Here’s how Sovereign has underscored Kasiya’s Tier 1 credentials
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Sovereign’s Expanded Scoping Study for the Kasiya project in Malawi has further enhanced its potential to become a major producer of natural rutile and graphite.
The study, which is based on its April 2022 update to resources that tripled contained rutile to 18Mt, outlined a massive 79% increase in after-tax net present value to US$1.54bn and a 101% increase in annual average earnings before interest, taxes, depreciation, and amortisation (EBITDA) to US$323m.
Life of mine revenue was increased by 92% to US$12bn while operating costs were reduced by 10% to US$320/t in exchange for a modest 12% increase in capex to initial Stage 1 production.
This capex of US$372m is still relatively low for a project of this scale due to exceptional existing available infrastructure which offers significant cost reductions and provides optionality and scalability.
Sovereign Metals (ASX:SVM) adds that the low operating cost and high margins are due to the deposit size, zero strip ratio of soft, friable high-grade mineralisation from surface, amenability to hydro-mining, conventional processing, deposit location and low transport costs.
These also lend to substantially lower CO2 emissions compared to current alternatives.
All these factors mean that Kasiya has the potential to become a major producer with steady state output of 265,000t of rutile and 170,000t of graphite per annum over a 25-year mine life.
Market fundamentals are also extremely favourable with both rutile – a valuable titanium dioxide feedstock – and graphite considered to be critical raw materials for the US and the EU.
The former is already in structural deficit with current global supply estimated to decline by 45% in the next three years while graphite demand is expected to soar as electric vehicle production is forecast to jump 12-fold by 2040.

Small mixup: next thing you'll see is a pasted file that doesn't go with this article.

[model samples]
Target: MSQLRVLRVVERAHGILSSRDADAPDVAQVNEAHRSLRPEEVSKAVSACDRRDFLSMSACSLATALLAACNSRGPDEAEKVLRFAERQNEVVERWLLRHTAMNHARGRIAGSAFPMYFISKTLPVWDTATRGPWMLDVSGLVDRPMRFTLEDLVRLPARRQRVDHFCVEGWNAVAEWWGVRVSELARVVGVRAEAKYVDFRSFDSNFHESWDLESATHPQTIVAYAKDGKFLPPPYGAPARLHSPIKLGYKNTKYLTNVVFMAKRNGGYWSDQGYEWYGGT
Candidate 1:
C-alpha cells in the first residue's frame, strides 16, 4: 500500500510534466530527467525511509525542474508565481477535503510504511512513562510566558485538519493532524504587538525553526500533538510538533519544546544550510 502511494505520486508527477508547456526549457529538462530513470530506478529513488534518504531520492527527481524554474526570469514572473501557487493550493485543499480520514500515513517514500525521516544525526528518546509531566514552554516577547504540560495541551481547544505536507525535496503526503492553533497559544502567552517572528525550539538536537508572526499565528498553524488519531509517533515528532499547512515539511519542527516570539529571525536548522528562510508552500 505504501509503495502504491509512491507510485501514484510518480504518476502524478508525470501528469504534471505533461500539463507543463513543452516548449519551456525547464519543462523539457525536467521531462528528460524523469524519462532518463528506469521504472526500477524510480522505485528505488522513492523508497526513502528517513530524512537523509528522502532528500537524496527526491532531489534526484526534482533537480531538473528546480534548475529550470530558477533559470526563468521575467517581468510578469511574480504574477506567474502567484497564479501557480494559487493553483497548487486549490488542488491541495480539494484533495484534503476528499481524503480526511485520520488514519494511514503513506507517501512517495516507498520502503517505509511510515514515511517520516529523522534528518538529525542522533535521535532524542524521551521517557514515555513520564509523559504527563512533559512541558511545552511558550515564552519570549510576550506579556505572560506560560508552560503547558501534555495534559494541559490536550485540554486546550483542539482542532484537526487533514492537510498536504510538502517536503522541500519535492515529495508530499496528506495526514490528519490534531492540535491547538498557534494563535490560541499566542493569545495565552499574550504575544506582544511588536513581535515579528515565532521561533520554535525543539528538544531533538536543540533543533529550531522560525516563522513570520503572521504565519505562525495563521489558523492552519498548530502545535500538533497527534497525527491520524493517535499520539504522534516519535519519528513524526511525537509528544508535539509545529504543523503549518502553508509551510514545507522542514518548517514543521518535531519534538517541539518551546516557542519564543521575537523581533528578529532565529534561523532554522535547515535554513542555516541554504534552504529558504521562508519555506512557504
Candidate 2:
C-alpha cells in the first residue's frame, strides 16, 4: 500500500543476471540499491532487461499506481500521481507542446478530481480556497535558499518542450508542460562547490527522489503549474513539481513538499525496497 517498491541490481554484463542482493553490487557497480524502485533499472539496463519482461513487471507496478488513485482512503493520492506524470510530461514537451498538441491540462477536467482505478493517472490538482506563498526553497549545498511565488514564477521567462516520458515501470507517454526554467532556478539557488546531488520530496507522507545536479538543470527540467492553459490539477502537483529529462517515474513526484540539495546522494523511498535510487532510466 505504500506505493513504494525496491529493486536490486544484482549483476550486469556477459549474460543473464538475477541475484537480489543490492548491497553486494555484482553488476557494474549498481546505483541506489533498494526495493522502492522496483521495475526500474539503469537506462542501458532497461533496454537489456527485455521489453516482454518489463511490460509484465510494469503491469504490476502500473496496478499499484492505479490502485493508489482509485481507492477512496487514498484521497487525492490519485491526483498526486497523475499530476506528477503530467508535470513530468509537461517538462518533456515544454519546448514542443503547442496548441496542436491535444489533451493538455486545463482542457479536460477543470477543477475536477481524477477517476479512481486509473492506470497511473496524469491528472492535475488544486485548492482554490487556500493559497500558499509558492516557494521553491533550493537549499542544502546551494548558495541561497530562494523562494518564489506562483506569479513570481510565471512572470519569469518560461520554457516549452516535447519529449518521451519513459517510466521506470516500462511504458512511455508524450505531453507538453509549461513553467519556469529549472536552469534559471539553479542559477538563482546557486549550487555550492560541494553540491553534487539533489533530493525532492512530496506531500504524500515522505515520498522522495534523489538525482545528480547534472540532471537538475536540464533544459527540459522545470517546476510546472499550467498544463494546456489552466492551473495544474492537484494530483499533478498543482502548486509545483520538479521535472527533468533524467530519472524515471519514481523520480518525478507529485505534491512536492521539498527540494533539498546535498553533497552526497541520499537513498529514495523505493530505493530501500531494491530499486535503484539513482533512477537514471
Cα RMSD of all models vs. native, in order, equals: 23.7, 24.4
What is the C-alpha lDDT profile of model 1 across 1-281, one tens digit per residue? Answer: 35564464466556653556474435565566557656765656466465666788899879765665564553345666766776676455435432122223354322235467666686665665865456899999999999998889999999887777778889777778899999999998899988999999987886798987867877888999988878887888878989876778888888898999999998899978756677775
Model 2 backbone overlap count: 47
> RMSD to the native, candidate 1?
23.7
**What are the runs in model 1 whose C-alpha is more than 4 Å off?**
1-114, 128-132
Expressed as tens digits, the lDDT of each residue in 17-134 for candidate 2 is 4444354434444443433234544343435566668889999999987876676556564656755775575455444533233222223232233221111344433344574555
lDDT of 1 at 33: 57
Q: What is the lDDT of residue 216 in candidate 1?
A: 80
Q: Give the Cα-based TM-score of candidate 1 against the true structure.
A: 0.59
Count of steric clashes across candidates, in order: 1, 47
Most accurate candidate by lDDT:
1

“The Expanded Scoping Study demonstrates Kasiya is a Tier 1 minerals project being the largest natural rutile resource and one of the largest graphite resources in the world,” managing director Dr Julian Stephens noted.
“The project benefits from existing high-quality infrastructure and has inherent ESG advantages.
“Natural rutile has a far lower carbon footprint compared to other titanium feedstocks used in the pigment industry, and natural graphite is a key component in lithium-ion batteries – crucial to decarbonising the global economy.
“Further, the vast majority of power for the planned Kasiya mining operation will be supplied by renewable hydro and solar – giving the mine itself a very low carbon footprint.
“The future development of the Kasiya Rutile Project will bring substantial benefits to Malawi in terms of GDP, royalties, taxes, employment and training, local business opportunities and community development.”
Kasiya is currently proposed as a large-scale operation that will process soft, friable mineralisation from surface.
This will employ conventional hydro-mining to produce a slurry that is pumped to a wet concentration plant where the material is sized.
A Heavy Mineral Concentrate (HMC) is produced via processing the sand fraction through a series of gravity spirals. The HMC is transferred to the dry Mineral Separation Plant (MSP) where premium quality rutile is produced via electrostatic and magnetic separation.
Meanwhile, graphite concentrate is collected from the gravity spirals and processed in a separate graphite flotation plant, producing a high purity and high value coarse-flake graphite product.
This article was developed in collaboration with Sovereign Metals, a Stockhead advertiser at the time of publishing.
This article does not constitute financial product advice. You should consider obtaining independent advice before making any financial decisions.